Simplicity

by on Thursday, 06 May 2010 Comments
[dropcap cap="T"]here might be nothing more difficult today than living a simple life… We live in complex, intricate and perpetually evolving social and technological systems, and we are supposed to understand them, to adapt to them and to conform to the various requirements that they impress upon us. For sure, new technological systems and the social networks they generate are supposed to be user-friendly, even 'fun.' Indeed, our capacity to adapt to them largely comes from our taste for all things new, from the thrill associated with innovation. However, the 'fun' of innovation often degenerates into new constraints, accrued expenses and increased complexity. The management of complexity has become an essential feature of our life, probably diminishing the time available for free and creative thinking.
As just noted, accrued financial constraints go with increased technological complexity. Simplicity of life becomes a dream, a mirage, and we do know that the burden of our needs and expenses alienates us from our nature and from the most basic pleasures of existence. The new entertainments that technology generates make us much less available for the simple joys of walking, listening to streams and to birds, spending time with friends or just doing nothing…[/dropcap]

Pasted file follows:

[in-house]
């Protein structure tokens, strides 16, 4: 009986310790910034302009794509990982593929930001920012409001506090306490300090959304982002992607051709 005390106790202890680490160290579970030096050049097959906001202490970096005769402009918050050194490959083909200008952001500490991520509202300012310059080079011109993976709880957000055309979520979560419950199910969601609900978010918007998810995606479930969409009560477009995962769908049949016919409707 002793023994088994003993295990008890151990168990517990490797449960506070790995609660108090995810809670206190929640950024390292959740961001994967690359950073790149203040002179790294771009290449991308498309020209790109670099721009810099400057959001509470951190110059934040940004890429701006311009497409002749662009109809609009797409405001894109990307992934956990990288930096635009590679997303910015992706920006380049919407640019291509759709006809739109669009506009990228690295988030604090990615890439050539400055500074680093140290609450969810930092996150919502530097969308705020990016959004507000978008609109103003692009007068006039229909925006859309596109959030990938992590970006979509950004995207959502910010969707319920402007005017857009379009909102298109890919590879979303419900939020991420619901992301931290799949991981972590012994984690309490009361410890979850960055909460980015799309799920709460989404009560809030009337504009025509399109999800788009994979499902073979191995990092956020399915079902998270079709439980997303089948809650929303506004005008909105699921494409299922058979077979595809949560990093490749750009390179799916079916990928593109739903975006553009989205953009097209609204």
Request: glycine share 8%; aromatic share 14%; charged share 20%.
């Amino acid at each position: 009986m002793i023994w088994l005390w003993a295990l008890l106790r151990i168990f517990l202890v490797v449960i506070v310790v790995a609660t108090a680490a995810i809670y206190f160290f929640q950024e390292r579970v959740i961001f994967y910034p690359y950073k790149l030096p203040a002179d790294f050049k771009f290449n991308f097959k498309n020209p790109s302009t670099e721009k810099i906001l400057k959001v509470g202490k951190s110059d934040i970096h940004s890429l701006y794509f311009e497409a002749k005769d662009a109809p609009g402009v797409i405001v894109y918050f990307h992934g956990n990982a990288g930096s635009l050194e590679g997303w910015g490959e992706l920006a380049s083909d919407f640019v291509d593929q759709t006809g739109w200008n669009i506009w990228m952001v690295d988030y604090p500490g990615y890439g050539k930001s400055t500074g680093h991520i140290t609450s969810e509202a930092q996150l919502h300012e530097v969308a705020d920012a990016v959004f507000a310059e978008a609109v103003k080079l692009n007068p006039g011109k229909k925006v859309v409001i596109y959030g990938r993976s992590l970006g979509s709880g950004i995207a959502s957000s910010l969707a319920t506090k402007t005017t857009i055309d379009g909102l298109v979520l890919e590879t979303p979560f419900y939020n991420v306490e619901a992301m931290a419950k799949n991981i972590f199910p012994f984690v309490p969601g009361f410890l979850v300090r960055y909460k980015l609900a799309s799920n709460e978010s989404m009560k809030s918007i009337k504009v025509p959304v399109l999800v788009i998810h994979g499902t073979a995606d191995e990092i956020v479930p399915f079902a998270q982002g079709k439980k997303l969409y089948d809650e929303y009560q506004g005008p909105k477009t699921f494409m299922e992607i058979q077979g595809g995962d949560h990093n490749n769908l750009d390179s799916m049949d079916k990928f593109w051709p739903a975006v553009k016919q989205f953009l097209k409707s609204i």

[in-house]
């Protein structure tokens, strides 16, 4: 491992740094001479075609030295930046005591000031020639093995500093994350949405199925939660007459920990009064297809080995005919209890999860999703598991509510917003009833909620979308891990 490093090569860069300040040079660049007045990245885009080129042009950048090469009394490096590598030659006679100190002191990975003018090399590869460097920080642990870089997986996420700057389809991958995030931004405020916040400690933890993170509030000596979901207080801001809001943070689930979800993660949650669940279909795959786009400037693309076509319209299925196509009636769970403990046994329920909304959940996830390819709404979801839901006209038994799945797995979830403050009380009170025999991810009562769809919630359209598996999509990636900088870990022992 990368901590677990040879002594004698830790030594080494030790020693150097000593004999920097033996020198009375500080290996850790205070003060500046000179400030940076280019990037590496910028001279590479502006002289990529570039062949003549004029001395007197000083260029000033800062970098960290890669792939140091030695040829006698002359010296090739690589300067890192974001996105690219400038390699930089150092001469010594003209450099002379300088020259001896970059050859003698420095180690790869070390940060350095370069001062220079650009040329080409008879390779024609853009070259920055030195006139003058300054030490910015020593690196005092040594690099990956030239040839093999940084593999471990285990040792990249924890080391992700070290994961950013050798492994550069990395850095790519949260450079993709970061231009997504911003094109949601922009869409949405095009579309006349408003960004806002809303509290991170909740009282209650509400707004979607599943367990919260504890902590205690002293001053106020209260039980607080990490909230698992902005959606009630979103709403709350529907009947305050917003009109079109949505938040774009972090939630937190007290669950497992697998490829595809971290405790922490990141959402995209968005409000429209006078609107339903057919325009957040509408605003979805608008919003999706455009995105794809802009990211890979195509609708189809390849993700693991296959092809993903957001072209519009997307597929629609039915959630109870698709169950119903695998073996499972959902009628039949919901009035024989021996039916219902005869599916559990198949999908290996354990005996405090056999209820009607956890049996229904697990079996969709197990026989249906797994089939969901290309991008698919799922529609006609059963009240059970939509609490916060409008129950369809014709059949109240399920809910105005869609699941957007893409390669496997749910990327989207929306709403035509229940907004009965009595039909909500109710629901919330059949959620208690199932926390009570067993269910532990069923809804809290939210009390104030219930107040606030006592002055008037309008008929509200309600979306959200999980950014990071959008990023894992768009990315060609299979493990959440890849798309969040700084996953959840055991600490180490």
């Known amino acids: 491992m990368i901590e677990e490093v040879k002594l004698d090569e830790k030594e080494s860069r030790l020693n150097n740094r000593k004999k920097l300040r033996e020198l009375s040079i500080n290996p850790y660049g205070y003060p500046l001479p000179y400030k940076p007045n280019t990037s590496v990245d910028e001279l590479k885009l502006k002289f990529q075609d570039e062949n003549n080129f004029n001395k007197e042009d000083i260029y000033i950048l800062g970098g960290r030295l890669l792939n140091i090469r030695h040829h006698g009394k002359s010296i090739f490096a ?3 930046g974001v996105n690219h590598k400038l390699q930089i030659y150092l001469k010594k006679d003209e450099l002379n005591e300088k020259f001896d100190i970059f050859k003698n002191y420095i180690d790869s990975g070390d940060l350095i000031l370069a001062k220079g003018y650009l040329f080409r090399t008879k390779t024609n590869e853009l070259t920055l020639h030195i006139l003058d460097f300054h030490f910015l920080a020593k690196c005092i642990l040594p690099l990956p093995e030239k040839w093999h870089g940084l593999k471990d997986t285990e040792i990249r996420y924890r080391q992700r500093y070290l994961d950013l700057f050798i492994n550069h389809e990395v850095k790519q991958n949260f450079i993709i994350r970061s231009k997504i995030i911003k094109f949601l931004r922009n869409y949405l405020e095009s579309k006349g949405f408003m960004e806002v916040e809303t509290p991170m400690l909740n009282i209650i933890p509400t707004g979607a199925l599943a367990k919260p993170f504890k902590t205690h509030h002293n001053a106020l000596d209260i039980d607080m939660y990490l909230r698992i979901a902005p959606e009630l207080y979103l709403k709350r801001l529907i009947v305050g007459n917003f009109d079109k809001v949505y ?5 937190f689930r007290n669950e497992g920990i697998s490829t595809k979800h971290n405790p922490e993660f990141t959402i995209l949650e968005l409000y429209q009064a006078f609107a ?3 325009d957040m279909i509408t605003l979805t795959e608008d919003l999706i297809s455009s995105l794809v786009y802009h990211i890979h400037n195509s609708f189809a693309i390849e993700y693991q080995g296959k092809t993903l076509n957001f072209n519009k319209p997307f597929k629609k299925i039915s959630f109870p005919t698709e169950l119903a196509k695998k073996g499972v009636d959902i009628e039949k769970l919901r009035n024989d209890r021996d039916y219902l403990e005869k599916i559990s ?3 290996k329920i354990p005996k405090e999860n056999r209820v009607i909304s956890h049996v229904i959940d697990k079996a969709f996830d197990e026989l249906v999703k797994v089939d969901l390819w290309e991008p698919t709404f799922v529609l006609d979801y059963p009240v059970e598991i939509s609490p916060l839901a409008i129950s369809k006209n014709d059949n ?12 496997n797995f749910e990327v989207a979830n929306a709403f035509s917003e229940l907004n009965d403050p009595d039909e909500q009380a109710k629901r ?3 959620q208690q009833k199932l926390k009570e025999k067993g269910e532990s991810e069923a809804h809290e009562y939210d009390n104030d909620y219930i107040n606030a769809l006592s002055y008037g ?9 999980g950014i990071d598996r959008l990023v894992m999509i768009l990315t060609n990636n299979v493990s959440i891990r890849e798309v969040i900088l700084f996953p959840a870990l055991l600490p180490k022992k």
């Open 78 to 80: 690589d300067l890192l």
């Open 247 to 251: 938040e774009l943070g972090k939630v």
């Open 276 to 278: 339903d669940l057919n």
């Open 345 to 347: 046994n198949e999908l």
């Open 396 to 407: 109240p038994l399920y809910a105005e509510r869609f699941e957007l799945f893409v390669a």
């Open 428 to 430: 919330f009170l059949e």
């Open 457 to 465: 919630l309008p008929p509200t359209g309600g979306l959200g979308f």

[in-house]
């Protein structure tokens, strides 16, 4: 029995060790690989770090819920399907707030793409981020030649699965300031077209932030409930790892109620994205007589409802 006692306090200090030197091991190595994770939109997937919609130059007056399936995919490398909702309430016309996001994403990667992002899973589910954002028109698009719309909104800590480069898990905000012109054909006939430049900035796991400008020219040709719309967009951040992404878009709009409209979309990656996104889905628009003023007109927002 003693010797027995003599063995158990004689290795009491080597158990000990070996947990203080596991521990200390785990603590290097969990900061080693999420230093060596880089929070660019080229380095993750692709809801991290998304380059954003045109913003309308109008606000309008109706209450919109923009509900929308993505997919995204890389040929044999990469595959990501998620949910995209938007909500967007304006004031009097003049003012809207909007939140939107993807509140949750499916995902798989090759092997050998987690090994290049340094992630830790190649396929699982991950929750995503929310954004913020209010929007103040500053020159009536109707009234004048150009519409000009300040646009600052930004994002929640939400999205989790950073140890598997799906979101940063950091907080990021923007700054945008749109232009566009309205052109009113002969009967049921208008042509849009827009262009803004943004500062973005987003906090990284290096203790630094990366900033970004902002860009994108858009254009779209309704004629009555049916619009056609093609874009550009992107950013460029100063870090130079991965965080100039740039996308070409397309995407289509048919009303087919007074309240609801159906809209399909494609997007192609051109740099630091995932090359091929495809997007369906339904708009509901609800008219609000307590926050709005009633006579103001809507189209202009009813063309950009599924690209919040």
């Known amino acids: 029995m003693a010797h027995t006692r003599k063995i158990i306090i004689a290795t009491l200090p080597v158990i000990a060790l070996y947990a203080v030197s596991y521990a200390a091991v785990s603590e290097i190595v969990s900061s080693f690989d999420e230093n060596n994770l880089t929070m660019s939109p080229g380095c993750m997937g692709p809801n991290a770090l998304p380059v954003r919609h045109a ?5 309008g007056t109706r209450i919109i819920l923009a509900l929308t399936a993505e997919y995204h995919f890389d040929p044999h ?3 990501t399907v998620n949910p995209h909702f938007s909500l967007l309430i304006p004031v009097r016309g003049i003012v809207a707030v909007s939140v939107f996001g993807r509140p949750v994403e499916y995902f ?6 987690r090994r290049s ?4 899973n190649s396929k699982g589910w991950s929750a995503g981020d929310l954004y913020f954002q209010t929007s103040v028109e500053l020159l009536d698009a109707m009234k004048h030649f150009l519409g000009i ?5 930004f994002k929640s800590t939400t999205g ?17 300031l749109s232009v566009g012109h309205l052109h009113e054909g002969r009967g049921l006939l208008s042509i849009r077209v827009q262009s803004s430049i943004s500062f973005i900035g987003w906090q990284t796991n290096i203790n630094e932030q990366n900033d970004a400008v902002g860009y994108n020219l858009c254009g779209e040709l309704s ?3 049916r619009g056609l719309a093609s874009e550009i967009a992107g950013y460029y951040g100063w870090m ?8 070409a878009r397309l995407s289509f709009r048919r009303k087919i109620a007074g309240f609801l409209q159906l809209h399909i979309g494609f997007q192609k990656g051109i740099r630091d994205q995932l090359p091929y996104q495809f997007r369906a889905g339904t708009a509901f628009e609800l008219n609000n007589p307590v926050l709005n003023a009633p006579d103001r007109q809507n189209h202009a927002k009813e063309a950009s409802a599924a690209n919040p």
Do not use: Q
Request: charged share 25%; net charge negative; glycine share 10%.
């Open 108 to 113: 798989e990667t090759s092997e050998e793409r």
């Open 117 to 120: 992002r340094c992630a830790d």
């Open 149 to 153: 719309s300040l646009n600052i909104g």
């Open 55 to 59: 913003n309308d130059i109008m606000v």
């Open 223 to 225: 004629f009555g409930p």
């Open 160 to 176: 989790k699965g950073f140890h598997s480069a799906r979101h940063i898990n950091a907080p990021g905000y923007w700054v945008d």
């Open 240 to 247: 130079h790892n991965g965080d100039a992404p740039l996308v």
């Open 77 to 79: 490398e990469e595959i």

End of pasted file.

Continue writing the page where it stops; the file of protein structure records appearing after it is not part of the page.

The point here is not to entertain the nostalgia the past, to come back to a mode of life that, for most of us, has become unattainable. But “simplicity” can and must remain a kind of regulatory principle. When we are confronted with technological, cultural or economic choices, we are entitled to ask ourselves “will such a purchase, such a decision introduce more or less complexity into my existence?”… and to act accordingly. Simplicity might be less a state of things than a driving force. We can still be aiming at simplicity, thus trying to unify our life according to a few guiding principles.

Aiming at simplicity means that we do not want to be dispossessed of our life and our choices, and that we wish to remain the masters of our existence. Simplicity is to be found first and foremost in our head and our heart. Each time we see clearly that such or such a need is not vital for us, that we are still able to reform our life, to let it go, to resist the tyranny of the objects in our life, we are becoming more 'simple', more unified in heart and mind. Ultimately, 'simplicity' and 'freedom' are the two faces of the same coin. Making these values the cornerstone of our existence might require some sacrifices, but they are certainly worthwhile.


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Ultimately, 'simplicity' and 'freedom' are the two faces of the same coin.

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Benoit Vermander (魏明德)

Benoit Vermander lives in Shanghai. He teaches philosophy and religious anthropology at the University of Fudan.

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